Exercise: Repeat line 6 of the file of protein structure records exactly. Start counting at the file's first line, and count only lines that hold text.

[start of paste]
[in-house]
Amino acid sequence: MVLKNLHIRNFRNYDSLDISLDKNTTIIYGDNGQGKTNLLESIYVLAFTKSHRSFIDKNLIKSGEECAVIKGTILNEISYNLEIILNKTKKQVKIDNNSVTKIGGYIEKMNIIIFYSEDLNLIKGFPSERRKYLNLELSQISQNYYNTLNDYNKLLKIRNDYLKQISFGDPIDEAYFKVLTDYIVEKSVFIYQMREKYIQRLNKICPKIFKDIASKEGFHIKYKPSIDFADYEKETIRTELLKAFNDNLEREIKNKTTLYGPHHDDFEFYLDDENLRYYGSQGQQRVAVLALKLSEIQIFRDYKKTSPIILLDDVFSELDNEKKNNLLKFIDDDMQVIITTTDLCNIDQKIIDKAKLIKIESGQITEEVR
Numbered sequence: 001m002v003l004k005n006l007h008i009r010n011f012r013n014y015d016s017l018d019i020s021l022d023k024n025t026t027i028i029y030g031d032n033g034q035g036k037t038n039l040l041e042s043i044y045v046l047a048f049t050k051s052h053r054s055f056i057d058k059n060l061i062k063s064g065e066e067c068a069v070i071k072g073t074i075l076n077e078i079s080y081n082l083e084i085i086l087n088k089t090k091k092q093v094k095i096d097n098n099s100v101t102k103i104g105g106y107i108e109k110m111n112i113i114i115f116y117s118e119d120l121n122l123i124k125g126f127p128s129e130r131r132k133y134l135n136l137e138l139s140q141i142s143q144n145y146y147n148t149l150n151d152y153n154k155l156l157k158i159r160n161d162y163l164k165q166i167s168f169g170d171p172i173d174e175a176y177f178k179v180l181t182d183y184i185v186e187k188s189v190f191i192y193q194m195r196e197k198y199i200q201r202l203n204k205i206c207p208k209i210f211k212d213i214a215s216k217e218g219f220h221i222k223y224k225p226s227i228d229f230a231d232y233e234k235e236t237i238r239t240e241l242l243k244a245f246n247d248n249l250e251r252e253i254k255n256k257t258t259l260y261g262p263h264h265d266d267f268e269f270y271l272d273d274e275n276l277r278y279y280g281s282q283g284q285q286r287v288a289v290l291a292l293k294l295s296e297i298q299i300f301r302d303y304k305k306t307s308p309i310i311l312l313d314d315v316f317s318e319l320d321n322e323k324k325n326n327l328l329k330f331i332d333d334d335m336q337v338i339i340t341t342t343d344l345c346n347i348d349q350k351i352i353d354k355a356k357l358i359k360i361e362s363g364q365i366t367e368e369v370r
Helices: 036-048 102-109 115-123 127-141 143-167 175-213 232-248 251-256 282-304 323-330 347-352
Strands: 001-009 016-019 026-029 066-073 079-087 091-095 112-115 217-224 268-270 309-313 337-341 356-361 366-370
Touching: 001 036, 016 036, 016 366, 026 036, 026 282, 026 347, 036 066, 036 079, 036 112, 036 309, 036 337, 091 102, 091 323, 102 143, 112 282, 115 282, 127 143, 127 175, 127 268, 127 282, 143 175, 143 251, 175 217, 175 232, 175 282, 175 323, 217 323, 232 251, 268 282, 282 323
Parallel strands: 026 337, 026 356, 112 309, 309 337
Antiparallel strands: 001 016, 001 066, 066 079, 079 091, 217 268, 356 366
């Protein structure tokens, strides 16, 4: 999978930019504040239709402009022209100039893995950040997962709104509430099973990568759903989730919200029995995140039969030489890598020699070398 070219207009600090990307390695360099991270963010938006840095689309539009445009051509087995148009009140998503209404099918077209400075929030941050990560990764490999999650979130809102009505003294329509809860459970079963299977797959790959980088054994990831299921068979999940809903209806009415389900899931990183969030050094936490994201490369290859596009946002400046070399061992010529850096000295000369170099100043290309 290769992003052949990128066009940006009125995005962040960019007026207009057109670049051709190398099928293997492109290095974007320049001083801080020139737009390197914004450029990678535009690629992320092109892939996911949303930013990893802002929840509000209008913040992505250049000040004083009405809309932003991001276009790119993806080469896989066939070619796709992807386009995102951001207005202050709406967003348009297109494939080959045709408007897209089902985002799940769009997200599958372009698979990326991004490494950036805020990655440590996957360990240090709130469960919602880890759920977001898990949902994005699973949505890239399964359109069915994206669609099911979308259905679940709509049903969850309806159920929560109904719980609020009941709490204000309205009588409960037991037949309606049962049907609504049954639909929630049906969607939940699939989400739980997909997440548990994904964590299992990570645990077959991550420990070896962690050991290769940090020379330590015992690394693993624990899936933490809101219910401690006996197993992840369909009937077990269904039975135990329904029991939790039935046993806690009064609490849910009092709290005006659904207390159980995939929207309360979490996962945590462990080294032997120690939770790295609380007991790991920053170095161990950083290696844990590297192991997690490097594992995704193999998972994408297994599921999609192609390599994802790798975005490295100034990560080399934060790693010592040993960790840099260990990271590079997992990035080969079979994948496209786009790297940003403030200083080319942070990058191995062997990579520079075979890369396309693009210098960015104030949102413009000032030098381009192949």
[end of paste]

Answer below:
Touching: 001 036, 016 036, 016 366, 026 036, 026 282, 026 347, 036 066, 036 079, 036 112, 036 309, 036 337, 091 102, 091 323, 102 143, 112 282, 115 282, 127 143, 127 175, 127 268, 127 282, 143 175, 143 251, 175 217, 175 232, 175 282, 175 323, 217 323, 232 251, 268 282, 282 323